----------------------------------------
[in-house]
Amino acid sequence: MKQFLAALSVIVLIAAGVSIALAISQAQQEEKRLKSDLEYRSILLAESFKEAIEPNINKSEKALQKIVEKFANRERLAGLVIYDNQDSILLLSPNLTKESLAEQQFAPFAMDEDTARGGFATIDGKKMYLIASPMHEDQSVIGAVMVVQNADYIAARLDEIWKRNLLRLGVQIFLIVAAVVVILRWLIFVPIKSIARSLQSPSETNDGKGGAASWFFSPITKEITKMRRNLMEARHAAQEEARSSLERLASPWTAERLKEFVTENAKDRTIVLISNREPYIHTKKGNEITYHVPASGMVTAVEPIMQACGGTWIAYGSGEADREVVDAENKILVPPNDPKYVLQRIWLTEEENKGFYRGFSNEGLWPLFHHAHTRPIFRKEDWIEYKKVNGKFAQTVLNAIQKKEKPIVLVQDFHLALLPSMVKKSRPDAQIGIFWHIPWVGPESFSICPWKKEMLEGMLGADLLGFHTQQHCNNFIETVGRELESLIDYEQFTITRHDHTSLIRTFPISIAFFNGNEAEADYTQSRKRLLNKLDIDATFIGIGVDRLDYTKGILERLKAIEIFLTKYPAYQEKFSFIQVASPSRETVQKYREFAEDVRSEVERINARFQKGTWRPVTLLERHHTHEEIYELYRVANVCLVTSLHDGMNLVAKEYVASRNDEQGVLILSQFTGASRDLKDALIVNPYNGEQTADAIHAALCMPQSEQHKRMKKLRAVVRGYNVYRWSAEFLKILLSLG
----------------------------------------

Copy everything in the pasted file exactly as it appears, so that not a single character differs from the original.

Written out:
[in-house]
Amino acid sequence: MKQFLAALSVIVLIAAGVSIALAISQAQQEEKRLKSDLEYRSILLAESFKEAIEPNINKSEKALQKIVEKFANRERLAGLVIYDNQDSILLLSPNLTKESLAEQQFAPFAMDEDTARGGFATIDGKKMYLIASPMHEDQSVIGAVMVVQNADYIAARLDEIWKRNLLRLGVQIFLIVAAVVVILRWLIFVPIKSIARSLQSPSETNDGKGGAASWFFSPITKEITKMRRNLMEARHAAQEEARSSLERLASPWTAERLKEFVTENAKDRTIVLISNREPYIHTKKGNEITYHVPASGMVTAVEPIMQACGGTWIAYGSGEADREVVDAENKILVPPNDPKYVLQRIWLTEEENKGFYRGFSNEGLWPLFHHAHTRPIFRKEDWIEYKKVNGKFAQTVLNAIQKKEKPIVLVQDFHLALLPSMVKKSRPDAQIGIFWHIPWVGPESFSICPWKKEMLEGMLGADLLGFHTQQHCNNFIETVGRELESLIDYEQFTITRHDHTSLIRTFPISIAFFNGNEAEADYTQSRKRLLNKLDIDATFIGIGVDRLDYTKGILERLKAIEIFLTKYPAYQEKFSFIQVASPSRETVQKYREFAEDVRSEVERINARFQKGTWRPVTLLERHHTHEEIYELYRVANVCLVTSLHDGMNLVAKEYVASRNDEQGVLILSQFTGASRDLKDALIVNPYNGEQTADAIHAALCMPQSEQHKRMKKLRAVVRGYNVYRWSAEFLKILLSLG